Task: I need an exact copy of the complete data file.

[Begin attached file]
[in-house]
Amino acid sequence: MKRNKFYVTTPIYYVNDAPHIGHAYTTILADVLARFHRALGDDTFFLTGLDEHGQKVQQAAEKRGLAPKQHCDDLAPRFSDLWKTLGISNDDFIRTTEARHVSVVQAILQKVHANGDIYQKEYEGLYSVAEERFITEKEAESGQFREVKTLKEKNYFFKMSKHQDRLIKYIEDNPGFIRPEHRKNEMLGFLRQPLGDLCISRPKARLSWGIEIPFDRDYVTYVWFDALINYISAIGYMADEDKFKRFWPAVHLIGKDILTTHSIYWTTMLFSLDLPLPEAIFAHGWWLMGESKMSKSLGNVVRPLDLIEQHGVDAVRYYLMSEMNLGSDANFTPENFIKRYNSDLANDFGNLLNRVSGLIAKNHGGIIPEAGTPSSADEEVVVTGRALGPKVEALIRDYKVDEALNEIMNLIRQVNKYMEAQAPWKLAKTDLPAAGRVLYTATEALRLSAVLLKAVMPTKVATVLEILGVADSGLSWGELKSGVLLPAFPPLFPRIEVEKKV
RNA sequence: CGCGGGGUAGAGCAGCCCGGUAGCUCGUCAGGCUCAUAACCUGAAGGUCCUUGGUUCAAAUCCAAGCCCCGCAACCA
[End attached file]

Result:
[in-house]
Amino acid sequence: MKRNKFYVTTPIYYVNDAPHIGHAYTTILADVLARFHRALGDDTFFLTGLDEHGQKVQQAAEKRGLAPKQHCDDLAPRFSDLWKTLGISNDDFIRTTEARHVSVVQAILQKVHANGDIYQKEYEGLYSVAEERFITEKEAESGQFREVKTLKEKNYFFKMSKHQDRLIKYIEDNPGFIRPEHRKNEMLGFLRQPLGDLCISRPKARLSWGIEIPFDRDYVTYVWFDALINYISAIGYMADEDKFKRFWPAVHLIGKDILTTHSIYWTTMLFSLDLPLPEAIFAHGWWLMGESKMSKSLGNVVRPLDLIEQHGVDAVRYYLMSEMNLGSDANFTPENFIKRYNSDLANDFGNLLNRVSGLIAKNHGGIIPEAGTPSSADEEVVVTGRALGPKVEALIRDYKVDEALNEIMNLIRQVNKYMEAQAPWKLAKTDLPAAGRVLYTATEALRLSAVLLKAVMPTKVATVLEILGVADSGLSWGELKSGVLLPAFPPLFPRIEVEKKV
RNA sequence: CGCGGGGUAGAGCAGCCCGGUAGCUCGUCAGGCUCAUAACCUGAAGGUCCUUGGUUCAAAUCCAAGCCCCGCAACCA